Take caution in what you learn from others. While it is likely you can learn something from anyone, sometimes what you learn is simply what not to do. If someone shows you something because it is easier, or assumes that the reader can figure it out, it is probably a bad lesson.
Be more trustful of the current masters like Sandi Metz, Martin Fowler, Kent Beck, etc. Be slightly apprehensive about some of the older Masters like Robert Martin - many of his lessons are timeless, but many have become dated as well. Be very cautious of the millions of nameless tech bloggers (like myself). Be open to learning from all but use a critical mind, evaluate the reasons presented (or lack thereof), and decide for yourself which lessons are worth actually absorbing into your own craft.
It is your manager's (both product and project) craft to care about your velocity. It's your craft to care about the quality. A great manager understands that Engineering is the most expensive part of code both in terms of time and money, so it also makes financial sense to optimize this part. Having quality, readable code, minimizes painful code-debt and leads to high velocity. However, naive managers who only prioritizes the gains of the current sprint or quarter tend to be far more common.
Imagine you hire a company to do your taxes. Just like your manager, the company wants its workers to get as many tax evaluations done, as quickly as possible, so that they can maximize profits. But if the individual tax professional does poor quality work, they are opening the company and themselves up to lawsuits, reputation damage, and long term failure. It is the responsibility of the worker to do a quality job and prevent this downfall.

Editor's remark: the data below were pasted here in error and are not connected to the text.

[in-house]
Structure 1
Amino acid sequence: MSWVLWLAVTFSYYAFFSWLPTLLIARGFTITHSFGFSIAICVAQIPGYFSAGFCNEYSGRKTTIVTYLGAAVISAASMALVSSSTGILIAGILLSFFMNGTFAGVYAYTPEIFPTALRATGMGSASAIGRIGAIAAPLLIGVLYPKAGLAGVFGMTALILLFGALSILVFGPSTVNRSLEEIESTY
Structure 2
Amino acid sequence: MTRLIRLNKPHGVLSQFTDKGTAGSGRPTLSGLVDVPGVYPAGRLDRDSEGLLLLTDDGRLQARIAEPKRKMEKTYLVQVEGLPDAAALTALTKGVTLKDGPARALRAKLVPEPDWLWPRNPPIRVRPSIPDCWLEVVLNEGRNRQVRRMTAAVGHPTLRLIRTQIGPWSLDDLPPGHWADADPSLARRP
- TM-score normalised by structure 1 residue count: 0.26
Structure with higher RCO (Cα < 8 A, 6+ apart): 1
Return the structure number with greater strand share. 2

This is true for every profession; Lawyers versus their firms, Doctors versus their hospitals, Mechanics versus their shops. Would you want to hire any of these people if you knew they wouldn't stand up for the quality of their work first? There is no reason Software Engineers are a special case.
A craftsperson delivers a product as quickly as possible without sacrificing the quality of their work, and they stand firm on this. The question becomes, how can you balance writing quality, readable, code while delivering at a pace acceptable by your manager?
For me, the way to find the best balance is: I write the code to solve and understand the problem, I rewrite it once, optimizing readability, and then I deliver it. Often I know there is still room for improvements, but if they were obvious to my skill level, I would have done them on my second pass. After that I follow up with iterative improvements with each new fix or feature I make in that codebase.
Being a craftsperson is hard, and often unappreciated. But if you want to follow this route, I hope I can help. I am far from being any kind of Master. But I have learned from many of them, and struggled with their lessons. I have come up with my own understanding of many of those lessons and will follow with blogs on them. Hopefully, if they way they phrased something doesn't quite click for you (as it often didn't for me), my attempts will help to add clarity.
Often what is treated as a minor detail by a Master has taken me a lot to fundamentally understand, so I will write posts going into much deeper consideration of minor lessons, attempting to address the reason behind the lesson, with examples of the problems they cause and how the solutions are implemented.